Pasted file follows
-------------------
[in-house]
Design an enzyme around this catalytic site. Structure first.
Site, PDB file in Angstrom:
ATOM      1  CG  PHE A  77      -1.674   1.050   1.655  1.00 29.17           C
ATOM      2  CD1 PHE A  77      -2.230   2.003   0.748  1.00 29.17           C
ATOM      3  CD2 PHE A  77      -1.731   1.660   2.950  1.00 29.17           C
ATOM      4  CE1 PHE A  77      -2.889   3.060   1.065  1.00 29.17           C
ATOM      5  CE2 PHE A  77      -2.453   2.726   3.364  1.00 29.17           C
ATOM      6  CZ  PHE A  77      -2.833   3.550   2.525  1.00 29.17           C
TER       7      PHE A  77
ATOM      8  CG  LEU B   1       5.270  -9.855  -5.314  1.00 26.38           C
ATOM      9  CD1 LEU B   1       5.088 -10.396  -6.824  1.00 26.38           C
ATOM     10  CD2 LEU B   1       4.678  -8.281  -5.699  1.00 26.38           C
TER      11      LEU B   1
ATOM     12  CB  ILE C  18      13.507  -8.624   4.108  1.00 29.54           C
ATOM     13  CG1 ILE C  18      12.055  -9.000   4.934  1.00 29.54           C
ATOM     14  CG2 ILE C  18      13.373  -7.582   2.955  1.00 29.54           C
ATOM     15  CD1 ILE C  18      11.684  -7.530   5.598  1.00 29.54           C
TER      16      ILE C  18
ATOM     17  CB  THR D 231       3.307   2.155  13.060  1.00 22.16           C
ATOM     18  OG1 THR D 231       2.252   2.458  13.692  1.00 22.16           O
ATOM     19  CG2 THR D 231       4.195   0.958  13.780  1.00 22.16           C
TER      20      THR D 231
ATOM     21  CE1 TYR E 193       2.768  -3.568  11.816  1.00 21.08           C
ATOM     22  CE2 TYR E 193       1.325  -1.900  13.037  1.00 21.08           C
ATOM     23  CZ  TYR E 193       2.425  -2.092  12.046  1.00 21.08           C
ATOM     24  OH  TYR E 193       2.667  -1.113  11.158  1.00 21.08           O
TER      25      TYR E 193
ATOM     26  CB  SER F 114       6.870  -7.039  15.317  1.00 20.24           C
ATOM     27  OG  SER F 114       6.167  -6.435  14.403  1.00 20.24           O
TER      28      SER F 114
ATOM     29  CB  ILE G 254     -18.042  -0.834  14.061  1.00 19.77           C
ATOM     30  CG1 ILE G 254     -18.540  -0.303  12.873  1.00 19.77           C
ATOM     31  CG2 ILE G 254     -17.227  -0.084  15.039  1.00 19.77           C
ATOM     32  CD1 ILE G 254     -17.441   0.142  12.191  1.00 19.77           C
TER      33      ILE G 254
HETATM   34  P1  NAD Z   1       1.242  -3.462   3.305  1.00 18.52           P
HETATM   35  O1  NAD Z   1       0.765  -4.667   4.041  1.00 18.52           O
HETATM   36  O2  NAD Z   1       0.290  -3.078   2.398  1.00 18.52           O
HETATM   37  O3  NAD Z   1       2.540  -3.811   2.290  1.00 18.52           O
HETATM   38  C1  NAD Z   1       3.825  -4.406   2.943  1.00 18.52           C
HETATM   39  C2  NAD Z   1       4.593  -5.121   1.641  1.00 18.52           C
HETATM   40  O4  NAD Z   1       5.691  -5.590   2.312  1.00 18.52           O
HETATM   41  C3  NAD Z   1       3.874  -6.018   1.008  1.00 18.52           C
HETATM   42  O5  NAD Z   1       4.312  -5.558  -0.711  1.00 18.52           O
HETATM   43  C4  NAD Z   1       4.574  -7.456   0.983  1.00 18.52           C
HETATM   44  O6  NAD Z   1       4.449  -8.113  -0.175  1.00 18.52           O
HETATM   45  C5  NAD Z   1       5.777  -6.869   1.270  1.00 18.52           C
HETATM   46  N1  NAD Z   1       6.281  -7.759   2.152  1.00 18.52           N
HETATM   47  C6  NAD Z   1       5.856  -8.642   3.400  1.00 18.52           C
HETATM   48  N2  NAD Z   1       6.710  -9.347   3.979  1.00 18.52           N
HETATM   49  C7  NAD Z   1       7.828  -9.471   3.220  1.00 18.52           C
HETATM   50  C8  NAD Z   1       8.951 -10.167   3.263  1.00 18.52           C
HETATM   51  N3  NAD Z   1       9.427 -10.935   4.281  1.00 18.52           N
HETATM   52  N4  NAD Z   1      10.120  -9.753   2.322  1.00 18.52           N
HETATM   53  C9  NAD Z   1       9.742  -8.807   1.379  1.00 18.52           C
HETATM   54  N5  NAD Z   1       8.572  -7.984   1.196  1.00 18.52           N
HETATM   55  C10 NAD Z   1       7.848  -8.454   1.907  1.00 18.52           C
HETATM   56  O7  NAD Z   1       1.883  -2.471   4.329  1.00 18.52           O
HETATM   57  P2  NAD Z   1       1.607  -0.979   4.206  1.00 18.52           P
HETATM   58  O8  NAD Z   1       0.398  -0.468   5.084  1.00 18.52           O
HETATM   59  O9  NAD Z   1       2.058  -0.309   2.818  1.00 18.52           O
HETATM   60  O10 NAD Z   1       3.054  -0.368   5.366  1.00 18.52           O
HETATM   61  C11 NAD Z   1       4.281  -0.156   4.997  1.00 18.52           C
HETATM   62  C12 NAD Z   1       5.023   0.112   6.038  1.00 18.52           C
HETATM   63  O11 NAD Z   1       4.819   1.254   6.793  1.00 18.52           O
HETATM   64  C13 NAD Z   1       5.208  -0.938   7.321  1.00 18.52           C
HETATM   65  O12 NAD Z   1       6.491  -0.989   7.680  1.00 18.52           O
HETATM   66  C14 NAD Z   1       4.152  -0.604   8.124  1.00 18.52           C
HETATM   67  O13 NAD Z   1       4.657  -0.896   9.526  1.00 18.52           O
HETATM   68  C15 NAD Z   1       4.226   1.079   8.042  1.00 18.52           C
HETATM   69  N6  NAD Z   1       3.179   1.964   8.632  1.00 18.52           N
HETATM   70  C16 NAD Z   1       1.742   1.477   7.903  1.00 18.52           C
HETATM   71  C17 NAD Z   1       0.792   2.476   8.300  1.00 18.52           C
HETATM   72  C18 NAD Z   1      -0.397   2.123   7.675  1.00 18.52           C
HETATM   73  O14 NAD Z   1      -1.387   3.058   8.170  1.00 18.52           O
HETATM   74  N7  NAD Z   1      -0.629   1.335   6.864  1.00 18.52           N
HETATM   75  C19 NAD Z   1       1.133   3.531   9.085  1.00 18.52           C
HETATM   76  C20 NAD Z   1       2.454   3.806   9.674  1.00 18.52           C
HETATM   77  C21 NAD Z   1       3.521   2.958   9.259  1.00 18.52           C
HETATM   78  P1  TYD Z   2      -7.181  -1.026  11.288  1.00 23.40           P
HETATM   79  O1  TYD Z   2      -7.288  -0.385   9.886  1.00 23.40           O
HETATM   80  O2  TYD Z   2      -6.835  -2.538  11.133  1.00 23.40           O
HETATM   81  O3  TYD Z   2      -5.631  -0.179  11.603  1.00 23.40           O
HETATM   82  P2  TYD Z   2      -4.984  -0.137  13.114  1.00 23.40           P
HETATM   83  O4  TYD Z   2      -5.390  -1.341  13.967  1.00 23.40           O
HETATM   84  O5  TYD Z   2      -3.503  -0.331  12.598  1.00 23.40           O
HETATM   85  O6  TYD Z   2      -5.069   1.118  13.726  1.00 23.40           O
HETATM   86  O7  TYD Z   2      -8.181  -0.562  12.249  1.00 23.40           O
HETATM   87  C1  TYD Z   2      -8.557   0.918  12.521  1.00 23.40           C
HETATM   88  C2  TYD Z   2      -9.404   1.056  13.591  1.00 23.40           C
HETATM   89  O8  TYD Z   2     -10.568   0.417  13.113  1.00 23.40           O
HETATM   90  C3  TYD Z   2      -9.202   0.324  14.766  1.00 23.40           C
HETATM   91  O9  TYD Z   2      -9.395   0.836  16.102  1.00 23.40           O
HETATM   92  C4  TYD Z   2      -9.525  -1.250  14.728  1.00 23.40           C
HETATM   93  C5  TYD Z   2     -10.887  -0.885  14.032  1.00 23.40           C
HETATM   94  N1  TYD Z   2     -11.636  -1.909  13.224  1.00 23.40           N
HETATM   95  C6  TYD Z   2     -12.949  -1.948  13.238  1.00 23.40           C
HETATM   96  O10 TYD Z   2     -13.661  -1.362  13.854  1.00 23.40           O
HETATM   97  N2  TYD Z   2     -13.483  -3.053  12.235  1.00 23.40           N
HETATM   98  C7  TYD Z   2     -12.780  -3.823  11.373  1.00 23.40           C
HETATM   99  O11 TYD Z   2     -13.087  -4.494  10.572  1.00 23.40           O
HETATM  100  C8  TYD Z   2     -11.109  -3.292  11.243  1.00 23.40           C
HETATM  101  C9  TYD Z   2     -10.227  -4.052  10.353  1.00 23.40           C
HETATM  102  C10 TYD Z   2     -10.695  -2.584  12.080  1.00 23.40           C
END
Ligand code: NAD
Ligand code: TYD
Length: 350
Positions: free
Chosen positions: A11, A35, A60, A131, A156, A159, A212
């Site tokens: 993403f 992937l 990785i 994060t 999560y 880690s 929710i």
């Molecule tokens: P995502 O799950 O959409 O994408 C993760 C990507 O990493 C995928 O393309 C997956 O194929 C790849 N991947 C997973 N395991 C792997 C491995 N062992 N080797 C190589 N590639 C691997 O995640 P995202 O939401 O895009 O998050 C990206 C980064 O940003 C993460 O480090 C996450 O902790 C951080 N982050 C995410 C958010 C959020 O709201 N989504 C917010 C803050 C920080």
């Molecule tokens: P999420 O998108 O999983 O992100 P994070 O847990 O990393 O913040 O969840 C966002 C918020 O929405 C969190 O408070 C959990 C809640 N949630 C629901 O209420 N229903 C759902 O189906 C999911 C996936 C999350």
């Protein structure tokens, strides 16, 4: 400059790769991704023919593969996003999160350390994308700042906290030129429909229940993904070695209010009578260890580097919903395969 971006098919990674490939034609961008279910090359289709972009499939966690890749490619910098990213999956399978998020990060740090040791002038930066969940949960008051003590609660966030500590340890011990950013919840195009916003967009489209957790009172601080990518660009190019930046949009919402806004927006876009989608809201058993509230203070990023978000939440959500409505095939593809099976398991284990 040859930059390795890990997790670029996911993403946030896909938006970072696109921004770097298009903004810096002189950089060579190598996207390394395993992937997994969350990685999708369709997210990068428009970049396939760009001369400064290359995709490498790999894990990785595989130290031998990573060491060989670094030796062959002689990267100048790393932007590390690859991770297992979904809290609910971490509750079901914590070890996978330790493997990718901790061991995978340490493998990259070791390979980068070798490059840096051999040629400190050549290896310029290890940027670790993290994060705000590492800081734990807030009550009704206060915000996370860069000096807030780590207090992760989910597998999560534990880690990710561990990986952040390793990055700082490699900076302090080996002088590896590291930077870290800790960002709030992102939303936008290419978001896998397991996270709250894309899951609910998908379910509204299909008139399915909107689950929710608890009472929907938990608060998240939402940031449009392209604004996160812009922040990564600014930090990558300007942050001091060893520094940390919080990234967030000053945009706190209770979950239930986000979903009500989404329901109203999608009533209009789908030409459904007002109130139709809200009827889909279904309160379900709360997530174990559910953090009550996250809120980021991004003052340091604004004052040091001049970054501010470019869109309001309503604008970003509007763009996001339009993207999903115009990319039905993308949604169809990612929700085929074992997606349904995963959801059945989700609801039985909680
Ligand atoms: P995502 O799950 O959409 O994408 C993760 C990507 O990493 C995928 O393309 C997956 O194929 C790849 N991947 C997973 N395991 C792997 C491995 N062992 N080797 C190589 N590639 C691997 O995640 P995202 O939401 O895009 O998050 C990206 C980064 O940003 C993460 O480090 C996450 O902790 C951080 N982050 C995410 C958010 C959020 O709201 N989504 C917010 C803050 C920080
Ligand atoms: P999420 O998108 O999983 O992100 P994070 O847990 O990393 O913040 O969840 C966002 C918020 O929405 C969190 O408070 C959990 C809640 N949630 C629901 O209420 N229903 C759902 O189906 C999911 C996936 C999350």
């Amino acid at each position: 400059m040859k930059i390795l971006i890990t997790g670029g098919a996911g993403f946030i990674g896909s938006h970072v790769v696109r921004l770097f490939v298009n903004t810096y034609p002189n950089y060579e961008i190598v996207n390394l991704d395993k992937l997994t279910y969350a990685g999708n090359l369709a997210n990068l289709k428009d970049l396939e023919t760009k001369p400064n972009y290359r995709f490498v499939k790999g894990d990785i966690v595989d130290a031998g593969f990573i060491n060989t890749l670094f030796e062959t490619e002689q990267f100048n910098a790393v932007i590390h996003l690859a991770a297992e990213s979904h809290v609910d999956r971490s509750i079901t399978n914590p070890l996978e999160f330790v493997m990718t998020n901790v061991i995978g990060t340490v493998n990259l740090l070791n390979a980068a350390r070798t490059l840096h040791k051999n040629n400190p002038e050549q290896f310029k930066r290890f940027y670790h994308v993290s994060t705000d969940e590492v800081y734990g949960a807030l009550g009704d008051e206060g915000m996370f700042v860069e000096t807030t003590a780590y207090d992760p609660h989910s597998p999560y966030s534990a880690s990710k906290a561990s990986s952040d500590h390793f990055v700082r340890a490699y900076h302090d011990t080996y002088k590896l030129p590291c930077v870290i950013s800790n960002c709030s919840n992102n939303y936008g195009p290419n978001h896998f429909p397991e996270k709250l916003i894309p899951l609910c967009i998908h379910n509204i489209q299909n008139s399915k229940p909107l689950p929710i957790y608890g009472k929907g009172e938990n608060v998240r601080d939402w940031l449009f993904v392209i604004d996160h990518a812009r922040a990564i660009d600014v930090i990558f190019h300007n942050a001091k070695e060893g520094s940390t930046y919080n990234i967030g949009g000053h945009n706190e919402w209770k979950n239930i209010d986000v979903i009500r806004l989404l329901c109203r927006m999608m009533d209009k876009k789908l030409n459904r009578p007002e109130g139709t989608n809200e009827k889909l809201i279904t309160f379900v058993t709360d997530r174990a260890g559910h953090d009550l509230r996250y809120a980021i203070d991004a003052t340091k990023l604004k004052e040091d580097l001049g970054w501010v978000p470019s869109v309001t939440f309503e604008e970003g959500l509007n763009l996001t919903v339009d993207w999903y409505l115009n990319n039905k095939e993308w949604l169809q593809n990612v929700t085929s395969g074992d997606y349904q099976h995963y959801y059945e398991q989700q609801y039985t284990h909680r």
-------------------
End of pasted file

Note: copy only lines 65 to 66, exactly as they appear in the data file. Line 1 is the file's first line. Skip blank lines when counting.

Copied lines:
HETATM   62  C12 NAD Z   1       5.023   0.112   6.038  1.00 18.52           C
HETATM   63  O11 NAD Z   1       4.819   1.254   6.793  1.00 18.52           O